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LawEnforcement4you, Policeperson
Category: Criminal Law
Satisfied Customers: 45
Experience:  Police Officer – 22 yrs., Chief of Police – 5 yrs., Accident Reconstruction Specialist
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What is the time frame of searches to incident to arrest ...

Resolved Question:

What is the time frame of searches to incident to arrest and why such searches can take place before,during and after an arrest? I would prefer a detal explanation.
Submitted: 8 years ago.
Category: Criminal Law
Expert:  LawEnforcement4you replied 8 years ago.

What is a search incident to an arrest?

This is a search, which is set in, common-law and has been well tried and tested in the courts. It is conducted when a valid arrest has been made, is going to be made, or while an arrest is made. The reason for the wide latitude is based upon the reasons this search is allowed. A search incident to am arrest is made for fruits and instrumentalities (physical evidence) of a crime and for weapons that the subject could use to aid in an escape.

The area that the arrest is made in defines the search area. If it is in a vehicle the search can extend to all areas of the vehicle that the suspect has immediate access and control over. If it is in a house the search area may be wider based upon any area of the house the suspect may be allowed to access. Additionally the suspect themselves are subject to a pat down frisk.

Search prior to arrest:

The factor that a person has not official been placed under arrest for the search to take place is not needed. The fact that the officer has probable cause to arrest is all that is needed to conduct the search. Therefore, the search is authorized not by the arrest but by the probable cause to arrest. With this standard in place then the search can take place before, during or after the arrest, as long as probable cause to arrest exists.

This is shown in People v. Gonzales (1989) 216 Cal.App.3d 1185, 1189; People v. Mims (1992) 9 Cal.App.4th 1244, 1251 ["(T)he fact that the search preceded the formal arrest is of no consequence."]; People v. Gibson (1963) 220 Cal.App.2d 15, 22 ["(I)t is immaterial whether the search precedes or follows the arrest."]; People v. Adams (1985) 175 Cal.App.3d 855, 861; People v. Williams (1967) 67 Cal.2d 226, 229; In re Jonathan M. (1981) 117 Cal.App.3d 530, 536. NOTE: In 1972, the California Supreme Court ruled that probable cause to arrest was not enough, that officers must actually inform the suspect he is under arrest before they may conduct a search incident to arrest. See People v. Superior Court (Hawkins) (1972) 6 Cal.3d 757. This rule was subsequently nullified by California's Proposition 8. See People v. Trotman (1989) 214 Cal.App.3d 430; People v. Deltoro (1989) 214 Cal.App.3d 1417, 1422.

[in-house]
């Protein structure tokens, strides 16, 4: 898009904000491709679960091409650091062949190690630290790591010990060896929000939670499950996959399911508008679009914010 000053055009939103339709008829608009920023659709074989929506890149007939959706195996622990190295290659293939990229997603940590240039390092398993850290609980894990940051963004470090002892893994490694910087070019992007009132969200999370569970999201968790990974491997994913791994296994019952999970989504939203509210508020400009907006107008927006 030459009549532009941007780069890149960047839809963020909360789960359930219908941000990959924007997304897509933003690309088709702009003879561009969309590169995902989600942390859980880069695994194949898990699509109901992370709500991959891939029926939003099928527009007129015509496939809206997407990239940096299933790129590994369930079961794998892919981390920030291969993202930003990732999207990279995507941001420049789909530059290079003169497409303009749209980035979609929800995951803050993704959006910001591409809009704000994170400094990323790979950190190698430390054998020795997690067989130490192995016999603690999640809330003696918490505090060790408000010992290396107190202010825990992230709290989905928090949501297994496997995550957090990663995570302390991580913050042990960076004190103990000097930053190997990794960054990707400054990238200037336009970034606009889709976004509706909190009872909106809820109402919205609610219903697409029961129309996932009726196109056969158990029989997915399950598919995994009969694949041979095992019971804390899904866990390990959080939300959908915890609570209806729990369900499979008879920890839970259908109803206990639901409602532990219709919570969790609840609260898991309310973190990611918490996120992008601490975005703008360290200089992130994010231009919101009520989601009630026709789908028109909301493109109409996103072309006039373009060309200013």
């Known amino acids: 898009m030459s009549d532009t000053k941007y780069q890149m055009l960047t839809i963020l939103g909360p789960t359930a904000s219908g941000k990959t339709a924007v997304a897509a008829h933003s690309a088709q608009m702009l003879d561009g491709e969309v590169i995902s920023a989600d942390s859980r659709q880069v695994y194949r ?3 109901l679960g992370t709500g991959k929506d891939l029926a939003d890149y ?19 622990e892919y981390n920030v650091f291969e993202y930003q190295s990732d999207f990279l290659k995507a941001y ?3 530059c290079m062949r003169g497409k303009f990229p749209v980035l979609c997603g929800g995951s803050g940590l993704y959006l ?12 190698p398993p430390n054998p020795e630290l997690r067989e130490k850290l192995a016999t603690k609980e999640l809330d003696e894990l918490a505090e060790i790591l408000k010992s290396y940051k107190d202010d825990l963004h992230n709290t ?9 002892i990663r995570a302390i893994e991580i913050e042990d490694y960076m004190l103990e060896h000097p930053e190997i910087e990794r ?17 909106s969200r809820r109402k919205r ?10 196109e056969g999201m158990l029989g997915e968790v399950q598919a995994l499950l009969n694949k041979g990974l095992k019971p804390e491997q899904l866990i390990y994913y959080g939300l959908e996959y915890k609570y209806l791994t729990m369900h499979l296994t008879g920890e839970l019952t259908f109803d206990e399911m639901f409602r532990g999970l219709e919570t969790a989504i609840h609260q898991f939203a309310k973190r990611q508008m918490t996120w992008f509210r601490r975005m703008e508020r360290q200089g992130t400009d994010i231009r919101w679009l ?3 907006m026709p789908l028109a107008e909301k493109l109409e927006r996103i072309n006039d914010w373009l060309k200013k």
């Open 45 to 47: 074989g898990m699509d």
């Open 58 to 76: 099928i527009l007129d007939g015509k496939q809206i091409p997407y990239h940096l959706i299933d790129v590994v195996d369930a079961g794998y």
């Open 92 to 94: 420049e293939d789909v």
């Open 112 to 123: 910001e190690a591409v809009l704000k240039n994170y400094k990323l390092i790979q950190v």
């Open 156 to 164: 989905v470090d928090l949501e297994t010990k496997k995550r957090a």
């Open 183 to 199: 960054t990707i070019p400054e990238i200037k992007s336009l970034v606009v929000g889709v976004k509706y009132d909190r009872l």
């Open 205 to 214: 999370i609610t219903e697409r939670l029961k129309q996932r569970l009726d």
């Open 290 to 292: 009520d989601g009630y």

Contemporaneous search requirement (time frame)

The requirement is that the search incident to the arrest be "contemporaneous" with the arrest. Even thought contemporaneous means at the same time, with a search incident to arrest is interpreted as the officer conducting the search with due diligence. The search must be conducted as soon as practicable taking into consideration all of the circumstances that are taking place. Therefore, there is no set time frame. The search must be conducted within a reasonable time frame based upon the totality of the circumstances that exist. The staleness of the search may be reviewed and ruled upon by a judge if it is suspected that too much time passed between the arrest and the search.

This is reviewed in Preston v. United States (1964) 376 US 364, 367; United States v. Chadwick (1977) 433 US 1, 15; Stoner v. California (1964) 376 US 483, 486; Vale v. Louisiana (1970) 399 US 30, 33; Shipley v. California (1969) 395 US 818, 819-20.

Hope this is detailed enough,


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